Europes’ Responces to Muslim and Arian Migrations
I don’t know much about the EDL (English Defence [sic, because they are English and not American] League), but their protest against Muslim immigrants in England reminded me of another period of time in which people did great migrations, and to which some parallels can be drawn.
From 541 to around 750, a great plague beset Europe. Each generation it would return to kill a new wave of people. Procopius said it killed 10,000 people a day in the capital city of Constantinople. Entire farming villages were emptied of their people. Wikipedia suggests up to a quarter of the population was killed. Combined with this, from 300 to 600 AD massive waves of barbarians began immigrating into and around the Roman empire to take advantage of the accumulated Roman wealth. As the empire folded in on itself these migrants displaced the locals, causing the foundations to be set for modern nations. The Huns settled in Hungary, the Anglos in England, the Franks in France, and so forth. Many of these people were pagan or heretical Arians. The Lombards established a kingdom in northern Italy and in central Italy the Visigoths reigned — which put the core of Christian lands firmly in heretical Arian hands. Arians denied Jesus Christ was God and that God became man.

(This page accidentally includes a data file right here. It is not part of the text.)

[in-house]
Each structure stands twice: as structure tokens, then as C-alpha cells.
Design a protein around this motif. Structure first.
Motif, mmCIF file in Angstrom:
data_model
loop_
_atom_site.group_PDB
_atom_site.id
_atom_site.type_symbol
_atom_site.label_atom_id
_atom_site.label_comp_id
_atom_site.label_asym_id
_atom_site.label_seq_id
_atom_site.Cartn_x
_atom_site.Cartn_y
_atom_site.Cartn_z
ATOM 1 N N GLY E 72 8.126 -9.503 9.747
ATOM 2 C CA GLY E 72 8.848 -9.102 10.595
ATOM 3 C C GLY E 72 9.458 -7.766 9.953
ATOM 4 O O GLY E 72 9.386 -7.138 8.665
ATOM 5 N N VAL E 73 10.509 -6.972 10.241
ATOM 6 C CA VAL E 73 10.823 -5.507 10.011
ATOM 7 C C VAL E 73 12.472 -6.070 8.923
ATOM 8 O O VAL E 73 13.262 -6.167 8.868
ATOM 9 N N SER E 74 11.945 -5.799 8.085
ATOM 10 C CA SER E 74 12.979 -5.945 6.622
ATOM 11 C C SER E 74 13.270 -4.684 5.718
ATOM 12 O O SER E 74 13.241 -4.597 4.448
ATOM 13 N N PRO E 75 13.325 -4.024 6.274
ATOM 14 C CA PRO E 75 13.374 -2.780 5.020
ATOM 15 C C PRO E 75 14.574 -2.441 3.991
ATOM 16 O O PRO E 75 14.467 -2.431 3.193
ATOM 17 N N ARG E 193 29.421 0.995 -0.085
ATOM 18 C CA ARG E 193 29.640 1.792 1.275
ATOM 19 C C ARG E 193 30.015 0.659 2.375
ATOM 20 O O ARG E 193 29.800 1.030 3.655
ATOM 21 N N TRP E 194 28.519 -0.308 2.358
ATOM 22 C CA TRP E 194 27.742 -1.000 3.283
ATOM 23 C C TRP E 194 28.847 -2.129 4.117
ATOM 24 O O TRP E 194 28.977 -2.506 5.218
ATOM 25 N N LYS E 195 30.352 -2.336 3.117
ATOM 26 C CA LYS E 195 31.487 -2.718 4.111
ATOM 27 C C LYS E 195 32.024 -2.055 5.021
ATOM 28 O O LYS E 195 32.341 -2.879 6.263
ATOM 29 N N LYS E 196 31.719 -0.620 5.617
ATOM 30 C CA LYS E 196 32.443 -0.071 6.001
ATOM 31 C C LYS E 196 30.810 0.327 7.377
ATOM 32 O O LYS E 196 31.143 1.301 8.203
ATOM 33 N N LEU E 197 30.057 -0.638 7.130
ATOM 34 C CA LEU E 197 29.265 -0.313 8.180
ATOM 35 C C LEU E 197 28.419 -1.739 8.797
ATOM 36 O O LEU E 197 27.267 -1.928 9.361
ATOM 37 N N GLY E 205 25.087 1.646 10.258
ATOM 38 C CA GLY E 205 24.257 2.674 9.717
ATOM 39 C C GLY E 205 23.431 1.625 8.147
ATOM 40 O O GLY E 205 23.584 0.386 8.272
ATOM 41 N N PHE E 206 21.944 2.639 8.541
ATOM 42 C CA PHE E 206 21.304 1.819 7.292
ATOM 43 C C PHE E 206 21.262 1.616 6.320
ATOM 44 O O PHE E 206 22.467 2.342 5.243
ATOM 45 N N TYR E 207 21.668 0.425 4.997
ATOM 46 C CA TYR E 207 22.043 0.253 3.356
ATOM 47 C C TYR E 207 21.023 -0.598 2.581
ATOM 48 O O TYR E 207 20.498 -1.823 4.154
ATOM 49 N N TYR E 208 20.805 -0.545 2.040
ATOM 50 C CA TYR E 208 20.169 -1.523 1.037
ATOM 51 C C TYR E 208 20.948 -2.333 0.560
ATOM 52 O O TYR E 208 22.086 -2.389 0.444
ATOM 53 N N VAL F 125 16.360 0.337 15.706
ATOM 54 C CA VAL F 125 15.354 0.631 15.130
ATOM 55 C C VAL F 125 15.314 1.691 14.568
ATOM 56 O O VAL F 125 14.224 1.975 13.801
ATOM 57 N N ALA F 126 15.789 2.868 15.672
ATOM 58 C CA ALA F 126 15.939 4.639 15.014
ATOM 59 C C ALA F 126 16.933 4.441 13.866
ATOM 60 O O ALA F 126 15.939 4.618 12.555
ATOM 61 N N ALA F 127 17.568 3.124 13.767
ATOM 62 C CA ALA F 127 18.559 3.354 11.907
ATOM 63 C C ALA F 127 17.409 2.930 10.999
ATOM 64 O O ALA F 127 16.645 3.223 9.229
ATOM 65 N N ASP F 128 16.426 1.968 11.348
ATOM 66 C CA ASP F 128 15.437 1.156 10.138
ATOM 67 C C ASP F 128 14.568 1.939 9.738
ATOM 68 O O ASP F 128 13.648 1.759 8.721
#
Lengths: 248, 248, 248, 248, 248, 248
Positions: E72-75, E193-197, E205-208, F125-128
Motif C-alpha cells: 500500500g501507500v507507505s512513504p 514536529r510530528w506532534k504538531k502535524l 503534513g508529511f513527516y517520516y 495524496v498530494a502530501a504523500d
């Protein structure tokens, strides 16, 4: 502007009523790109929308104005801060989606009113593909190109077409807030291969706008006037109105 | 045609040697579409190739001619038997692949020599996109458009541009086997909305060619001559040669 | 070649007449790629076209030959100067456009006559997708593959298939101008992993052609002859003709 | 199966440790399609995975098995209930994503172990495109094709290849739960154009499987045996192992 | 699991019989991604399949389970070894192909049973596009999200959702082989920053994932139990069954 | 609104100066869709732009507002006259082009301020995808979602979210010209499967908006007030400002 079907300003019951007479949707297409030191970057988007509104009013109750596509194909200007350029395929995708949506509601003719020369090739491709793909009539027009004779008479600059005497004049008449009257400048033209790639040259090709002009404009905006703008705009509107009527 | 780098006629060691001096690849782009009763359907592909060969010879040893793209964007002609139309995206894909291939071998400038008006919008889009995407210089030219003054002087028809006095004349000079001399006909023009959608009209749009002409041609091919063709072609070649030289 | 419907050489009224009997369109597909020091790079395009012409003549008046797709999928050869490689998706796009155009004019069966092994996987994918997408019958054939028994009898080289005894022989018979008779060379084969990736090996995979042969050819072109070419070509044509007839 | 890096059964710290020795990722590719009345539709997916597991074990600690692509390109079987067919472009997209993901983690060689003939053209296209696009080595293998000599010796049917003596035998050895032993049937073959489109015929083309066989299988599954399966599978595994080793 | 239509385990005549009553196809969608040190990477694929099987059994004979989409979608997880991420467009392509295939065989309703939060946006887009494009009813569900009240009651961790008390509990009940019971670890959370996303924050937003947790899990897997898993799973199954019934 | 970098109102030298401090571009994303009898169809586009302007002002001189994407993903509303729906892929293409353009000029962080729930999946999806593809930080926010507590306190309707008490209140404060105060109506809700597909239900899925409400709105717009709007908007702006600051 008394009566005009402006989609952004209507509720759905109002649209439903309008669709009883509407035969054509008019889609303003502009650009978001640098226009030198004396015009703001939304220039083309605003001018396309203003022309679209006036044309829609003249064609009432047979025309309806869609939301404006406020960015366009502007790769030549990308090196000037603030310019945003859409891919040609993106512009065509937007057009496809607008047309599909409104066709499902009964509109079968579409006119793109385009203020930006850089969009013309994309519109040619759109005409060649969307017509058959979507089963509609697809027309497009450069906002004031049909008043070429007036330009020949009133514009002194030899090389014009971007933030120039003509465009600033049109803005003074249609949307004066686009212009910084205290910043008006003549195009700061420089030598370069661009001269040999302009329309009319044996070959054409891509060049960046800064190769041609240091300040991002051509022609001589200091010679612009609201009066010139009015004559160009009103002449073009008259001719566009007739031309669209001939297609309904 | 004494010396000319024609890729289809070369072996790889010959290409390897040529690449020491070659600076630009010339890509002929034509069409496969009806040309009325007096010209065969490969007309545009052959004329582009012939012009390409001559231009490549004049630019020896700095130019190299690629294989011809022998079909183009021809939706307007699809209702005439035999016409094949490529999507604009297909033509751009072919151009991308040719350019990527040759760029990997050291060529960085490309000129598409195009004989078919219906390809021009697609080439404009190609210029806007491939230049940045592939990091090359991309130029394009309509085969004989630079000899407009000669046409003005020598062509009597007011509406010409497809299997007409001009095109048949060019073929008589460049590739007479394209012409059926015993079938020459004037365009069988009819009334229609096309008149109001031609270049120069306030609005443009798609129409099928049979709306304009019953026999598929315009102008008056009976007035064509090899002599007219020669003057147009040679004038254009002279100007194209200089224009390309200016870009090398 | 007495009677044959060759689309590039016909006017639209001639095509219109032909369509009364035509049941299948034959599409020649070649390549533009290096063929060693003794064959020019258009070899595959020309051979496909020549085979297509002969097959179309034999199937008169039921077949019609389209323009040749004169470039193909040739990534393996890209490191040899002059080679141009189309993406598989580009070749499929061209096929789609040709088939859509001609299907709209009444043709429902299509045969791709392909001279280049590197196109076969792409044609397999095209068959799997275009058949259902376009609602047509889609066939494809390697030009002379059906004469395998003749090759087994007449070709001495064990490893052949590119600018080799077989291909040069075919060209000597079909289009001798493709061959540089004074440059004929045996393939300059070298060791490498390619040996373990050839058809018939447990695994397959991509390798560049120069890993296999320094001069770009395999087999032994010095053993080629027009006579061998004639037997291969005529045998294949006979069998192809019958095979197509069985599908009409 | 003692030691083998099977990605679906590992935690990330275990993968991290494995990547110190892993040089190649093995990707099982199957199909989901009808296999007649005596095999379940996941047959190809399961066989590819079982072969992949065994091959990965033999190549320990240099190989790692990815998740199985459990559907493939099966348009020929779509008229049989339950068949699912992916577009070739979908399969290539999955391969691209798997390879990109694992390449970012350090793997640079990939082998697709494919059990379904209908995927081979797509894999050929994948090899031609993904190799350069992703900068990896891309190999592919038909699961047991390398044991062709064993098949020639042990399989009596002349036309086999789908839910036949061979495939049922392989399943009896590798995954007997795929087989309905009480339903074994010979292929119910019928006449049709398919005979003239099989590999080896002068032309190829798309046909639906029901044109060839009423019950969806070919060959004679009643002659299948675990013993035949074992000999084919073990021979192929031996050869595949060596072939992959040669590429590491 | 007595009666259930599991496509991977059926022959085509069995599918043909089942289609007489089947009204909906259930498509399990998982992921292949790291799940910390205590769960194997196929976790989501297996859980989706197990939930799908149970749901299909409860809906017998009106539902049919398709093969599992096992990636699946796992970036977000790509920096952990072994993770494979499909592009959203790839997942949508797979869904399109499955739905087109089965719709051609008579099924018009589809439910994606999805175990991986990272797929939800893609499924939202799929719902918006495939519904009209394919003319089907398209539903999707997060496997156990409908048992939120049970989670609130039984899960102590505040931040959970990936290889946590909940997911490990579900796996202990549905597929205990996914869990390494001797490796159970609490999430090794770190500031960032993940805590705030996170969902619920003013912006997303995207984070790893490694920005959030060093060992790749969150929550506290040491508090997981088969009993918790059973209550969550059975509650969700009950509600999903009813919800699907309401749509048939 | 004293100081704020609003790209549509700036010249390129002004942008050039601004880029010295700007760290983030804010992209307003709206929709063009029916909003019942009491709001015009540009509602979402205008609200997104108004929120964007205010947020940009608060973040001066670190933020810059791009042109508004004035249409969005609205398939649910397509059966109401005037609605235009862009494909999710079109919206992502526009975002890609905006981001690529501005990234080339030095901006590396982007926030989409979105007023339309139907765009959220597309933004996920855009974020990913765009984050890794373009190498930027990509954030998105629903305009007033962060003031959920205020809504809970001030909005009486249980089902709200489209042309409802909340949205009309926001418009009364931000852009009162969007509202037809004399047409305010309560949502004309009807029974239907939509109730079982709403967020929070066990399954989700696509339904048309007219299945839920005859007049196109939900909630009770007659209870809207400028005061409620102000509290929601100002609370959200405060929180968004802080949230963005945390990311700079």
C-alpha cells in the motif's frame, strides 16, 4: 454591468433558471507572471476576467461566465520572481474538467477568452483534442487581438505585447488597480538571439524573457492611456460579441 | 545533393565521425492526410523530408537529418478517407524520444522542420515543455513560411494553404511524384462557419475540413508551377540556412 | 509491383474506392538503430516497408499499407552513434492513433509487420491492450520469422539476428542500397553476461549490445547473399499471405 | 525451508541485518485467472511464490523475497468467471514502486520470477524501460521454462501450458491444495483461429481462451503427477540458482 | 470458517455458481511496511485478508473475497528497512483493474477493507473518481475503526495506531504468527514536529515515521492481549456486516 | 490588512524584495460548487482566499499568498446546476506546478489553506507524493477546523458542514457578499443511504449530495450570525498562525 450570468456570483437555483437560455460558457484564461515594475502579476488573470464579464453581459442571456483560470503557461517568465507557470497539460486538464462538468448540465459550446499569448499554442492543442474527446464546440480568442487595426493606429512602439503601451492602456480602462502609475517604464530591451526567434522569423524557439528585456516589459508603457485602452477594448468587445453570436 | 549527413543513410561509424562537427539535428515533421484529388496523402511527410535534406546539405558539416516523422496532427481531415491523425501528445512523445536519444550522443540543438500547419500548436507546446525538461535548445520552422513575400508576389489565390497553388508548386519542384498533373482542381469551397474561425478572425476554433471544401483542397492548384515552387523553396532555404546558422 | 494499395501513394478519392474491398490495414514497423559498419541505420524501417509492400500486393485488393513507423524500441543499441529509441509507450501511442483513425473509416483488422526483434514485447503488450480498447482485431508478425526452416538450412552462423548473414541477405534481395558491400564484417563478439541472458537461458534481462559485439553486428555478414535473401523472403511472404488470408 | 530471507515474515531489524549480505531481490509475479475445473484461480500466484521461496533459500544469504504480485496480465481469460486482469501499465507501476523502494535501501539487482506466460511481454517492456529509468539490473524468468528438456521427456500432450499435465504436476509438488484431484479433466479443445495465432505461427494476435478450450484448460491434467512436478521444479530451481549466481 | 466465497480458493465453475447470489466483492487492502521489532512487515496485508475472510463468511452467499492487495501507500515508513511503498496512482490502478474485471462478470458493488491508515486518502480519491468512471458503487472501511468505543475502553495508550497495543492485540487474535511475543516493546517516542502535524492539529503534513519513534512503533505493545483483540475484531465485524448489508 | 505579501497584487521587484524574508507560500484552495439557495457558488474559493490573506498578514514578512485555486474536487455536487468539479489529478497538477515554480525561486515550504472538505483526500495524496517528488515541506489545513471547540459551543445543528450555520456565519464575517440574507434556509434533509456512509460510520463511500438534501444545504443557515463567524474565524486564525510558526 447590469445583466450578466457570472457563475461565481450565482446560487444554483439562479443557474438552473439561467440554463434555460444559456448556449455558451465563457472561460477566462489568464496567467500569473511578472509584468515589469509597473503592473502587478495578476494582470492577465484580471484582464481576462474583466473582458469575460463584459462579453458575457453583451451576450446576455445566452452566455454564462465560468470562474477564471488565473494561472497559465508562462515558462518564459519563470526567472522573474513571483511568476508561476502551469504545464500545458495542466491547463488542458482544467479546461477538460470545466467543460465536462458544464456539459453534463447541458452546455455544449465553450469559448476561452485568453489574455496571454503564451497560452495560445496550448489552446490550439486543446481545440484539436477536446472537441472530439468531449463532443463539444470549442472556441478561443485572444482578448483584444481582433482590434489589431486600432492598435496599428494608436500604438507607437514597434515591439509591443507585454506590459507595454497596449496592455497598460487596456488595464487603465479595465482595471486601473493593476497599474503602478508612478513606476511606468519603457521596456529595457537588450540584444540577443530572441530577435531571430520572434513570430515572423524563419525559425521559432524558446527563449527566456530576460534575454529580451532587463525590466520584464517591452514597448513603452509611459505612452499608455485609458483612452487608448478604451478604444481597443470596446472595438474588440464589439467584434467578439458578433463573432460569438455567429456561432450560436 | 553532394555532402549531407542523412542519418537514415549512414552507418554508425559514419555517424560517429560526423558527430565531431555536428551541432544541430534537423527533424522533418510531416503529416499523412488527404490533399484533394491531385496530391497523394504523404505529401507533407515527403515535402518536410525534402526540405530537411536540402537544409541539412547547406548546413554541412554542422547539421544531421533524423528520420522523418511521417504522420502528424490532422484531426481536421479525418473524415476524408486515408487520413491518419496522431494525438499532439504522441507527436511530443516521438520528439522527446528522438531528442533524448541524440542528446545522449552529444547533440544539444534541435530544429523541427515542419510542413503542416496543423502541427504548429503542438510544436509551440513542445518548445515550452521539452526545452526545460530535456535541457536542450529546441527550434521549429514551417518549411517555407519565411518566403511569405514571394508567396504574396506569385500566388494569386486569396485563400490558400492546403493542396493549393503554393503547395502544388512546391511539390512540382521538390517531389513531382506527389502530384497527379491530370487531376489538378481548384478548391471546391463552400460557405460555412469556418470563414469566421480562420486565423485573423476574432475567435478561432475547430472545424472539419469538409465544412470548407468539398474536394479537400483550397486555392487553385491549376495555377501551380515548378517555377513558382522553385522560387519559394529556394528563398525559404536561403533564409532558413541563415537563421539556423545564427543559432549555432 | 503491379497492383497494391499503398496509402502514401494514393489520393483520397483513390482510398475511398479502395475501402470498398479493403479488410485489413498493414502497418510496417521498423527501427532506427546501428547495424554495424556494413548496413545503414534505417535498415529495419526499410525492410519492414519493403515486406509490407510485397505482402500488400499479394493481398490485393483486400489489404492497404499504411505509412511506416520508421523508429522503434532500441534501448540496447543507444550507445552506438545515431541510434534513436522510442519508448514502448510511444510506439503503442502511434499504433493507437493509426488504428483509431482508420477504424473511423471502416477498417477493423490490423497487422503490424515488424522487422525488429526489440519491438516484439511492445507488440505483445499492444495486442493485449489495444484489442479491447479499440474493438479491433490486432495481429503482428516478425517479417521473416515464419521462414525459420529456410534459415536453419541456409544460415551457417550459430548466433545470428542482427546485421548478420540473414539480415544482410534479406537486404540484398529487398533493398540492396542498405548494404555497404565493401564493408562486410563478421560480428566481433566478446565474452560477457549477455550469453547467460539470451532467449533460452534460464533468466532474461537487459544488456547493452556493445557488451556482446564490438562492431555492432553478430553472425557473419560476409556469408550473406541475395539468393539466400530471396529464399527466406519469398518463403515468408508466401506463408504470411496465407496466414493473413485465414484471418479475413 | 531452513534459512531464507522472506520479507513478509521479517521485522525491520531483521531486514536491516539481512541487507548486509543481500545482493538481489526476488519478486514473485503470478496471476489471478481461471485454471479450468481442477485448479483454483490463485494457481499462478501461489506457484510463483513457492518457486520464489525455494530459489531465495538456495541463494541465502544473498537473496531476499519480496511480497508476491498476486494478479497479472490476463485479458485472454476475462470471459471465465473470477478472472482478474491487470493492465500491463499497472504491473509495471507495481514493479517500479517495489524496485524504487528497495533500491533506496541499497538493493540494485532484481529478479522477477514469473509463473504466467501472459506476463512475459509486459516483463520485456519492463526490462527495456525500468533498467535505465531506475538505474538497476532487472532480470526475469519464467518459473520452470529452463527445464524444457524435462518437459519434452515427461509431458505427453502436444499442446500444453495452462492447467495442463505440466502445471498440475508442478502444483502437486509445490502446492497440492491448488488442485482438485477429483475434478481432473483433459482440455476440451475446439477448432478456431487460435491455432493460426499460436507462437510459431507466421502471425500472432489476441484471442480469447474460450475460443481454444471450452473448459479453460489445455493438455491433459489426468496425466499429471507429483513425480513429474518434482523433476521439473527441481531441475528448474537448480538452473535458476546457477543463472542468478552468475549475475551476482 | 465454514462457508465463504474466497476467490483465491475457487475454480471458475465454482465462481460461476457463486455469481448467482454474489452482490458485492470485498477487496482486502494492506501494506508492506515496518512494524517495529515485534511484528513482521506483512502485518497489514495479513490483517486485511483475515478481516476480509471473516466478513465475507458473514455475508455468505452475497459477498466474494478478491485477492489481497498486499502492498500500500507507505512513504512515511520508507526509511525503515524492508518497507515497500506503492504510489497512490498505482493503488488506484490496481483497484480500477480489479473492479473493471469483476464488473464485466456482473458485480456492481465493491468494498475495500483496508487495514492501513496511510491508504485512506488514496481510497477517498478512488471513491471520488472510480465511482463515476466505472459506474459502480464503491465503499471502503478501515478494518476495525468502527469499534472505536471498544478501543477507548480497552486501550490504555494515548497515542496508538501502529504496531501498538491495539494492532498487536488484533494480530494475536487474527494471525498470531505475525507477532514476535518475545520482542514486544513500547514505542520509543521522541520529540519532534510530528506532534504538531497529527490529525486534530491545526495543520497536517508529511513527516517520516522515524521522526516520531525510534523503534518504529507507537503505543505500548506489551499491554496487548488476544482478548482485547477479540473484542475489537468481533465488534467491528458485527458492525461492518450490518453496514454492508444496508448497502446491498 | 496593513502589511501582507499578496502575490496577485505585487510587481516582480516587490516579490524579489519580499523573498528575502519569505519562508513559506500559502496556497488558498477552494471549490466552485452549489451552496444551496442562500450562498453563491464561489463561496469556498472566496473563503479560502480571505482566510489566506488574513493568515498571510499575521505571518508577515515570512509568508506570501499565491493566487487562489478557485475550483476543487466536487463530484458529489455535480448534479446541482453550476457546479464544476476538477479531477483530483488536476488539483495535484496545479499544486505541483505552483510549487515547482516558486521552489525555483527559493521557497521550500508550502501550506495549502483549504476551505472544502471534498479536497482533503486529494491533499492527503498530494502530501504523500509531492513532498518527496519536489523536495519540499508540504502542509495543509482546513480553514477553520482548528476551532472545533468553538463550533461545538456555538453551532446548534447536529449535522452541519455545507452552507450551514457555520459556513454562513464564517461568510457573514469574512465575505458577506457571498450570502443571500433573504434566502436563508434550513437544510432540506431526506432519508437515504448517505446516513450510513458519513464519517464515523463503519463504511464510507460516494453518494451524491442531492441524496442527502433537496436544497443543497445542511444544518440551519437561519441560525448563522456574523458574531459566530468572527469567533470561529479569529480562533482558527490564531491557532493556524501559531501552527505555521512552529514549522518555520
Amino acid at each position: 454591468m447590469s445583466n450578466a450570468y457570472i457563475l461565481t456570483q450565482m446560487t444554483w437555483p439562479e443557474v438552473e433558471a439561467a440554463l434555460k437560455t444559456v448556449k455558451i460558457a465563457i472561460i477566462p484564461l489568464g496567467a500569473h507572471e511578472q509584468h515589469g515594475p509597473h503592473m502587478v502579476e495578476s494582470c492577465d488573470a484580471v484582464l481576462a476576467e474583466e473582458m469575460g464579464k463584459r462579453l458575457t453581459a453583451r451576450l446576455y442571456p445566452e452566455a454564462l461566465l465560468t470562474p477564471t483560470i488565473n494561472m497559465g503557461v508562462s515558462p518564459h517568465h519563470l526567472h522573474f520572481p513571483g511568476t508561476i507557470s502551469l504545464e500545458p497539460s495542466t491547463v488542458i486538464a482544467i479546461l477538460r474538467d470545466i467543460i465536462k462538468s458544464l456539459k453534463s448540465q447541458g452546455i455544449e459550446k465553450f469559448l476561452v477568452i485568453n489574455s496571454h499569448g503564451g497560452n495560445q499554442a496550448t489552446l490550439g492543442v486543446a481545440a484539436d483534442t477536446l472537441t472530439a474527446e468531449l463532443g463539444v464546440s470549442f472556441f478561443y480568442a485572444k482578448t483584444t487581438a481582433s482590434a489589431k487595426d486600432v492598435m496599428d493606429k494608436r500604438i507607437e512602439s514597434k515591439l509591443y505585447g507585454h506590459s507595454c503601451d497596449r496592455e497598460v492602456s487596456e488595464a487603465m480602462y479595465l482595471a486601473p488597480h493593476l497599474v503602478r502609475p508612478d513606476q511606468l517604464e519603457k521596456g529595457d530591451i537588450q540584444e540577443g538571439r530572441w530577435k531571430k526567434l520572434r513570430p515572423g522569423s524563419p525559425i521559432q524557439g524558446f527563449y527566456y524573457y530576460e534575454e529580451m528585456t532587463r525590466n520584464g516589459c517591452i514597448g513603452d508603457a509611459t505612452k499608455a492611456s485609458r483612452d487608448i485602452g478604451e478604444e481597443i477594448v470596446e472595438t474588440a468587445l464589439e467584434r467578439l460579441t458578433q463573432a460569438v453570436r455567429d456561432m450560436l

Another group in the 600’s also denied Jesus Christ was God and that God became man. This group were the newly minted Muslims in the Arabian peninsula — the same religion that is worrying the EDL so much today. In much of Europe the population has been dropping due to widespread birth control. A birth rate of 1.59 children per woman was the 2009 EU average, but to hold a population steady it is necessary to have 2.1 children per woman. Muslim immigrants are coming to Europe to take advantage of the accumulated wealth and work openings that a falling population brings. To me, this sounds remarkably similar to what took place in Europe in the 500’s. Declining population plus a group of people who deny Jesus was God moving into formerly Christian lands. As place names changed in the former migration, there is already sense that place names might well change again:
In the 600’s the pagans and heretical Arians were converted due to the influence of the monasteries and missionaries. St. Columbanus from Ireland went into what would become France and northern Italy and set up monasteries to Christianize these people who were Arians. St. Benedict founded the famous monastery at Monte Cassino. This was the age of monks working to save the souls in Europe. The Christian love and order that came out of monasteries slowly won people to the faith. These were lands that were formerly Christian, lost that when Christians couldn’t keep the land populated so non-Christian migrants came in, and then through missionary work regained Christianity.
Only time will tell if Europe will again do the missionary work necessary in their own homelands to evangelize the new migrants who don’t believe that Jesus is God. History shows it is possible, but only time will show if Europe has the faith to do it once again.